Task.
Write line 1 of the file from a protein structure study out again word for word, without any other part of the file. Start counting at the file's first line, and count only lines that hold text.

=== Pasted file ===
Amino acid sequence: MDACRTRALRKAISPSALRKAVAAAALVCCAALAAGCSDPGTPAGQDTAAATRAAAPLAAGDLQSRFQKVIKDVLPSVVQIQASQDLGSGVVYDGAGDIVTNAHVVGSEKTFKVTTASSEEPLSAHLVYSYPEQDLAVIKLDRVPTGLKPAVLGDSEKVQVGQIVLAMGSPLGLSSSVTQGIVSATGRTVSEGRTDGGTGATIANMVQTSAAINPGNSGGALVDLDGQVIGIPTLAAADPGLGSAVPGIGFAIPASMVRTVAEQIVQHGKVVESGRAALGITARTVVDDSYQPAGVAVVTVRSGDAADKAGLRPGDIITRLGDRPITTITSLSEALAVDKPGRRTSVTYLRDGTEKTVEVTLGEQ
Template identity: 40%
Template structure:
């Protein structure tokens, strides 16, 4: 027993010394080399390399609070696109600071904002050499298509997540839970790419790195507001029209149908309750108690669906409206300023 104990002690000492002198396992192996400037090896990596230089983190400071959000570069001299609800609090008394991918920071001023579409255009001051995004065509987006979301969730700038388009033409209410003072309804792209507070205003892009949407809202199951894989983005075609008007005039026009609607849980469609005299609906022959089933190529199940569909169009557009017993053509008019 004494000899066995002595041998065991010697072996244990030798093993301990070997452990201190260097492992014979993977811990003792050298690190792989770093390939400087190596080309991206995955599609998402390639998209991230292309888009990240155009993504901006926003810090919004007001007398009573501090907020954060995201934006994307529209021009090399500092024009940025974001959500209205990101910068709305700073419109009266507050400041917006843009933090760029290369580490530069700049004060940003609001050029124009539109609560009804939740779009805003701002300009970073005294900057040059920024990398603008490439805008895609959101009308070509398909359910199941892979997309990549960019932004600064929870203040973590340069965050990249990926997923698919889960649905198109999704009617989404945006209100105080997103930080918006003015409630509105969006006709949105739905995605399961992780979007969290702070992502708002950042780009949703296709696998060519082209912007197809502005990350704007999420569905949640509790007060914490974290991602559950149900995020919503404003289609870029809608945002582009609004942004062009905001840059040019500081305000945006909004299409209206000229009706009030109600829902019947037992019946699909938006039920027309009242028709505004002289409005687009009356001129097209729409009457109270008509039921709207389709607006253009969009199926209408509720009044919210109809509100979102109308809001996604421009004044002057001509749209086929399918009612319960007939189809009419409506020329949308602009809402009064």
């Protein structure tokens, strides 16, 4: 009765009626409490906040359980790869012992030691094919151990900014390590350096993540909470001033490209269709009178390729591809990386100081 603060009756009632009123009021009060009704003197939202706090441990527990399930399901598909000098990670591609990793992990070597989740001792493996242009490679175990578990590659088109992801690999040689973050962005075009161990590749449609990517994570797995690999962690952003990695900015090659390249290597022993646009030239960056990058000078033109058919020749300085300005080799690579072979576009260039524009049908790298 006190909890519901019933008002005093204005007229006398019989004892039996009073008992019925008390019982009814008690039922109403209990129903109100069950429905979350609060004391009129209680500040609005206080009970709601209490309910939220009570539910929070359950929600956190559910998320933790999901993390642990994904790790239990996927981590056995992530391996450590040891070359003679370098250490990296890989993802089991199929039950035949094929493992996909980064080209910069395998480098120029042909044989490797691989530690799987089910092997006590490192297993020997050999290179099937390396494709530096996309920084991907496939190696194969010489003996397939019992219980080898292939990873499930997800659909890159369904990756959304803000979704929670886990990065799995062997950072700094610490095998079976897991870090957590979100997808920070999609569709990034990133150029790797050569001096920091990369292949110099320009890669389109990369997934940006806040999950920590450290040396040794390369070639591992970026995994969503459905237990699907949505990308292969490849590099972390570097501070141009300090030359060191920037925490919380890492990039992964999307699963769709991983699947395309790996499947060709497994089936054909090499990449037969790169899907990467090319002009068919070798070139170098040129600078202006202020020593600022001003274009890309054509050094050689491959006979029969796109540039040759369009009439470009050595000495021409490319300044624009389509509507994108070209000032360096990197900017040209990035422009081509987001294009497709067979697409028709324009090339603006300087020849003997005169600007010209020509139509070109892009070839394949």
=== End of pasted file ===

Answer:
Amino acid sequence: MDACRTRALRKAISPSALRKAVAAAALVCCAALAAGCSDPGTPAGQDTAAATRAAAPLAAGDLQSRFQKVIKDVLPSVVQIQASQDLGSGVVYDGAGDIVTNAHVVGSEKTFKVTTASSEEPLSAHLVYSYPEQDLAVIKLDRVPTGLKPAVLGDSEKVQVGQIVLAMGSPLGLSSSVTQGIVSATGRTVSEGRTDGGTGATIANMVQTSAAINPGNSGGALVDLDGQVIGIPTLAAADPGLGSAVPGIGFAIPASMVRTVAEQIVQHGKVVESGRAALGITARTVVDDSYQPAGVAVVTVRSGDAADKAGLRPGDIITRLGDRPITTITSLSEALAVDKPGRRTSVTYLRDGTEKTVEVTLGEQ